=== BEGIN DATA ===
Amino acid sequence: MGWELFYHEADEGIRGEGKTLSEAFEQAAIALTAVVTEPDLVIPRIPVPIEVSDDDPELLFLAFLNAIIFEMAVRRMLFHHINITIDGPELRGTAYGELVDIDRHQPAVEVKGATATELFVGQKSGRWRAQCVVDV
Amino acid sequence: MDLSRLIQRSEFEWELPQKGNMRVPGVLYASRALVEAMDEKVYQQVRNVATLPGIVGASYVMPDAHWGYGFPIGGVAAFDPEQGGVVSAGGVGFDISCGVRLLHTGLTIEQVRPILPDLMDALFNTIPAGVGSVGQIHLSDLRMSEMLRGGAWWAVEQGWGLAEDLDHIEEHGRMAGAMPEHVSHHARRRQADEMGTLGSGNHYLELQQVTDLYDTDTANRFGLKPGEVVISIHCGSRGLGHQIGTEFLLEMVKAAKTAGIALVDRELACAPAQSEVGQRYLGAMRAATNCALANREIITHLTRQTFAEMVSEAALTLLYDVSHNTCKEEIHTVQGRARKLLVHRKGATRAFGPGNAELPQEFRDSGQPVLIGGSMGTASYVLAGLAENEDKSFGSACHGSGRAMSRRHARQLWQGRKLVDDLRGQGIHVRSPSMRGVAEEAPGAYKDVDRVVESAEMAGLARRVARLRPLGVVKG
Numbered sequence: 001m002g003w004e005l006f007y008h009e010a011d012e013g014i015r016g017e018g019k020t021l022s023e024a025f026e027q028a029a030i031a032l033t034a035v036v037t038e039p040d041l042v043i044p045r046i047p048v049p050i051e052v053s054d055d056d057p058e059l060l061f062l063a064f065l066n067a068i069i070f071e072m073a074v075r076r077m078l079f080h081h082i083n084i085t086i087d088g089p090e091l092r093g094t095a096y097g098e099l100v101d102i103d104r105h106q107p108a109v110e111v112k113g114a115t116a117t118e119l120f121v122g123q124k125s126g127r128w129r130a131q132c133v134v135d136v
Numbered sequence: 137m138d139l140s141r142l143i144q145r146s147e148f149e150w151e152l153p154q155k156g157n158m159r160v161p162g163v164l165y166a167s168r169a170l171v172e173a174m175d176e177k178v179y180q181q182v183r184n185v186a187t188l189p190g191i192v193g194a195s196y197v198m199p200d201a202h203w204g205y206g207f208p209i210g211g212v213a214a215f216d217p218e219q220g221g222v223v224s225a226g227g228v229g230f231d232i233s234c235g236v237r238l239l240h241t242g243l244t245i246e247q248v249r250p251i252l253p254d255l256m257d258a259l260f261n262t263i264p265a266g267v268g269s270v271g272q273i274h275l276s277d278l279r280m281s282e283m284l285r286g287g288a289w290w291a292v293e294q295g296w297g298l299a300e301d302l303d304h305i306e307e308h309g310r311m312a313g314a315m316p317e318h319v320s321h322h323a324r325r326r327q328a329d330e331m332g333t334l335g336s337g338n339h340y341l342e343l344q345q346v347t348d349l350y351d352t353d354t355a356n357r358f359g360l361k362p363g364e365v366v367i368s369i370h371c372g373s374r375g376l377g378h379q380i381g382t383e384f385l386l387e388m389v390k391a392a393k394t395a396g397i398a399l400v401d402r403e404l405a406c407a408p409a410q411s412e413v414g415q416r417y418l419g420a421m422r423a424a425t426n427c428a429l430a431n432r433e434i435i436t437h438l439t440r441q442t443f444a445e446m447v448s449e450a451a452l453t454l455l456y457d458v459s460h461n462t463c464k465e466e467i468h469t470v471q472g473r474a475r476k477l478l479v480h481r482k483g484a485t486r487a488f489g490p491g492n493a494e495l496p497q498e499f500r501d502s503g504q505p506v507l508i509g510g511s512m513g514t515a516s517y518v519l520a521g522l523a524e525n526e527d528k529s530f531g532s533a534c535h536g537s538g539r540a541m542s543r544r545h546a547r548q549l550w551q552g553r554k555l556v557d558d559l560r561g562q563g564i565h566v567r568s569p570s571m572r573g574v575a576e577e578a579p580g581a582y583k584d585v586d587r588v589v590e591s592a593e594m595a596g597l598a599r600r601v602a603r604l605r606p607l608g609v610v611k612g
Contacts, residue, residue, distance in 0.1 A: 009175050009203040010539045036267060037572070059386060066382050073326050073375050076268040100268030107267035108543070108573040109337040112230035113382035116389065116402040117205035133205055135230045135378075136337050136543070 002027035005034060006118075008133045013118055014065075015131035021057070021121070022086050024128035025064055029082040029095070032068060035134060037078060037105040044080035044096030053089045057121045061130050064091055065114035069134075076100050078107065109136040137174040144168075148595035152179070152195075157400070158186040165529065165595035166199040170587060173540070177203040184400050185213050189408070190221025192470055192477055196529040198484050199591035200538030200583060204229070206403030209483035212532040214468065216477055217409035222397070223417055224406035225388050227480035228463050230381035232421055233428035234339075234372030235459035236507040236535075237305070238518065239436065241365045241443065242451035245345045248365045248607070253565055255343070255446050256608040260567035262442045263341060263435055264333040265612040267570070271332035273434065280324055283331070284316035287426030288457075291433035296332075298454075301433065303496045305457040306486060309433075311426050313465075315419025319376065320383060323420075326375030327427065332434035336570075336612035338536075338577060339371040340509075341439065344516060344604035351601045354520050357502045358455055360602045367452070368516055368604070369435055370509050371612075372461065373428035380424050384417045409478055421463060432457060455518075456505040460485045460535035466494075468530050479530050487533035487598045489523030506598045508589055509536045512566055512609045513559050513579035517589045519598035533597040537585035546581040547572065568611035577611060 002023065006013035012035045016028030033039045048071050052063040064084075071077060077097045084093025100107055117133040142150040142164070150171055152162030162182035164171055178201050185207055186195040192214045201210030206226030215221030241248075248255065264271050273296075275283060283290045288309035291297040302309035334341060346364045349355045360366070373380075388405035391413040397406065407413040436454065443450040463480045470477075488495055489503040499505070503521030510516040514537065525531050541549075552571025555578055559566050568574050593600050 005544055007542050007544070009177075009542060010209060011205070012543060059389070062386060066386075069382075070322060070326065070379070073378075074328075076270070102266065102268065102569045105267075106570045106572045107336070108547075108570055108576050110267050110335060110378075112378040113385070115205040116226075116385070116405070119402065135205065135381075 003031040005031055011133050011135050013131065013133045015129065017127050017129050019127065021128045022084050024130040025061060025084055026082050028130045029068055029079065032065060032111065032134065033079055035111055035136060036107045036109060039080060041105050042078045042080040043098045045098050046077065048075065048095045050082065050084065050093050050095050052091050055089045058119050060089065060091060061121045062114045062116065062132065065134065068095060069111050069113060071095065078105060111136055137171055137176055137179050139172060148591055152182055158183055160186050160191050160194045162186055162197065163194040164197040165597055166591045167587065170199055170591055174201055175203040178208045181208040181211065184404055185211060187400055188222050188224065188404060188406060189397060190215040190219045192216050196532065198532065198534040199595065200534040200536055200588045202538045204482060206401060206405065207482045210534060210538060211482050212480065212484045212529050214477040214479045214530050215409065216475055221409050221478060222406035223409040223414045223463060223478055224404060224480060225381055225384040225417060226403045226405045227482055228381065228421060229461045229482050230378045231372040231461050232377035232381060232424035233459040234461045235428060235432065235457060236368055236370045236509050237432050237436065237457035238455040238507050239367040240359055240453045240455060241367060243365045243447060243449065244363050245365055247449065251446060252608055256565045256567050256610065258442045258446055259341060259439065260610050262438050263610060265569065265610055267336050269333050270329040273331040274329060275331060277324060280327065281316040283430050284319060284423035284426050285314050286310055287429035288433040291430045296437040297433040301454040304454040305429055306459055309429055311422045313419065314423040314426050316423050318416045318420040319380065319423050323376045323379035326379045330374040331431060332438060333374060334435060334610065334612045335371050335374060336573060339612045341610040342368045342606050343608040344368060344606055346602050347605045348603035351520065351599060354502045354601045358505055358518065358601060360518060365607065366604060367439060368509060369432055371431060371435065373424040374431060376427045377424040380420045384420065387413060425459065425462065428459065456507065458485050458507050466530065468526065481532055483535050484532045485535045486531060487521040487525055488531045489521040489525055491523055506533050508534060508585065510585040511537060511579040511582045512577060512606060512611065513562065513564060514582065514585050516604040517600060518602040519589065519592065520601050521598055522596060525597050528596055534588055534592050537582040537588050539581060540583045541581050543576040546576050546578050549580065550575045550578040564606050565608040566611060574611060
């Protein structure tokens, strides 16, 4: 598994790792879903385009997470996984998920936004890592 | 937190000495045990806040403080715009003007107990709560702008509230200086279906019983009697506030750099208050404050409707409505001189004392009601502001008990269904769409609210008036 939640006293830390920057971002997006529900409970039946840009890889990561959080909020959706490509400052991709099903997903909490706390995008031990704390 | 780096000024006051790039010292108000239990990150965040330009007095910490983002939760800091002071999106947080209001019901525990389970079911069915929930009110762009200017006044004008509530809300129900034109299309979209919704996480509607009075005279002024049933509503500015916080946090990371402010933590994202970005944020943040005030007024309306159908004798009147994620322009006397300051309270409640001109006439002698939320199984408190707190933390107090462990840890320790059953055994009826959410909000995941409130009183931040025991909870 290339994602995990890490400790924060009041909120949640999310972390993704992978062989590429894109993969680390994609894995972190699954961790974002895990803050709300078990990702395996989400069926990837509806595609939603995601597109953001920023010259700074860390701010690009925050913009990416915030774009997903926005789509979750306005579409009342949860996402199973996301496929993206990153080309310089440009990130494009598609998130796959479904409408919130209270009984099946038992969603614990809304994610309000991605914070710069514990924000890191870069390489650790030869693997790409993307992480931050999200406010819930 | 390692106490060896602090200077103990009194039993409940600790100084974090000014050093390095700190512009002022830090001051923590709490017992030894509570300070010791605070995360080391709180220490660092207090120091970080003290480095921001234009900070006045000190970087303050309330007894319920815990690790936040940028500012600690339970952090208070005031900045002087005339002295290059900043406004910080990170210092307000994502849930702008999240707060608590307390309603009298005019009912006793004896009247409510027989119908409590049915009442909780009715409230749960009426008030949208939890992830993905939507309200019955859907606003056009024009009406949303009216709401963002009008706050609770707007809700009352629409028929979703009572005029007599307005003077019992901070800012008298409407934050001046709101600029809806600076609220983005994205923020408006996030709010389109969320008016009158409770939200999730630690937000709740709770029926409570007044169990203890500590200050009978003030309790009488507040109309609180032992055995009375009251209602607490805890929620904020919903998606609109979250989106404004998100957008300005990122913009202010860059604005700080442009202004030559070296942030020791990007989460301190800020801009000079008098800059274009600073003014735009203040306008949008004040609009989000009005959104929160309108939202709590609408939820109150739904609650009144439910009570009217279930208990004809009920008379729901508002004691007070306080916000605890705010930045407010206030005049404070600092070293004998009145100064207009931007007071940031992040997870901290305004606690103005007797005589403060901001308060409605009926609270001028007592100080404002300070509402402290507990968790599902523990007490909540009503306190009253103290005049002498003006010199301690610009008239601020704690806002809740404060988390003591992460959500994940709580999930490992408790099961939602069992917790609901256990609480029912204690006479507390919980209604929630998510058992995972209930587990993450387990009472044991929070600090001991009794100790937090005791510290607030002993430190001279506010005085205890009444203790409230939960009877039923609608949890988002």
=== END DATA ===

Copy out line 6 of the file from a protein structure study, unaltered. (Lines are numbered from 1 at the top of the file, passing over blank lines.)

């Protein structure tokens, strides 16, 4: 598994790792879903385009997470996984998920936004890592 | 937190000495045990806040403080715009003007107990709560702008509230200086279906019983009697506030750099208050404050409707409505001189004392009601502001008990269904769409609210008036 939640006293830390920057971002997006529900409970039946840009890889990561959080909020959706490509400052991709099903997903909490706390995008031990704390 | 780096000024006051790039010292108000239990990150965040330009007095910490983002939760800091002071999106947080209001019901525990389970079911069915929930009110762009200017006044004008509530809300129900034109299309979209919704996480509607009075005279002024049933509503500015916080946090990371402010933590994202970005944020943040005030007024309306159908004798009147994620322009006397300051309270409640001109006439002698939320199984408190707190933390107090462990840890320790059953055994009826959410909000995941409130009183931040025991909870 290339994602995990890490400790924060009041909120949640999310972390993704992978062989590429894109993969680390994609894995972190699954961790974002895990803050709300078990990702395996989400069926990837509806595609939603995601597109953001920023010259700074860390701010690009925050913009990416915030774009997903926005789509979750306005579409009342949860996402199973996301496929993206990153080309310089440009990130494009598609998130796959479904409408919130209270009984099946038992969603614990809304994610309000991605914070710069514990924000890191870069390489650790030869693997790409993307992480931050999200406010819930 | 390692106490060896602090200077103990009194039993409940600790100084974090000014050093390095700190512009002022830090001051923590709490017992030894509570300070010791605070995360080391709180220490660092207090120091970080003290480095921001234009900070006045000190970087303050309330007894319920815990690790936040940028500012600690339970952090208070005031900045002087005339002295290059900043406004910080990170210092307000994502849930702008999240707060608590307390309603009298005019009912006793004896009247409510027989119908409590049915009442909780009715409230749960009426008030949208939890992830993905939507309200019955859907606003056009024009009406949303009216709401963002009008706050609770707007809700009352629409028929979703009572005029007599307005003077019992901070800012008298409407934050001046709101600029809806600076609220983005994205923020408006996030709010389109969320008016009158409770939200999730630690937000709740709770029926409570007044169990203890500590200050009978003030309790009488507040109309609180032992055995009375009251209602607490805890929620904020919903998606609109979250989106404004998100957008300005990122913009202010860059604005700080442009202004030559070296942030020791990007989460301190800020801009000079008098800059274009600073003014735009203040306008949008004040609009989000009005959104929160309108939202709590609408939820109150739904609650009144439910009570009217279930208990004809009920008379729901508002004691007070306080916000605890705010930045407010206030005049404070600092070293004998009145100064207009931007007071940031992040997870901290305004606690103005007797005589403060901001308060409605009926609270001028007592100080404002300070509402402290507990968790599902523990007490909540009503306190009253103290005049002498003006010199301690610009008239601020704690806002809740404060988390003591992460959500994940709580999930490992408790099961939602069992917790609901256990609480029912204690006479507390919980209604929630998510058992995972209930587990993450387990009472044991929070600090001991009794100790937090005791510290607030002993430190001279506010005085205890009444203790409230939960009877039923609608949890988002």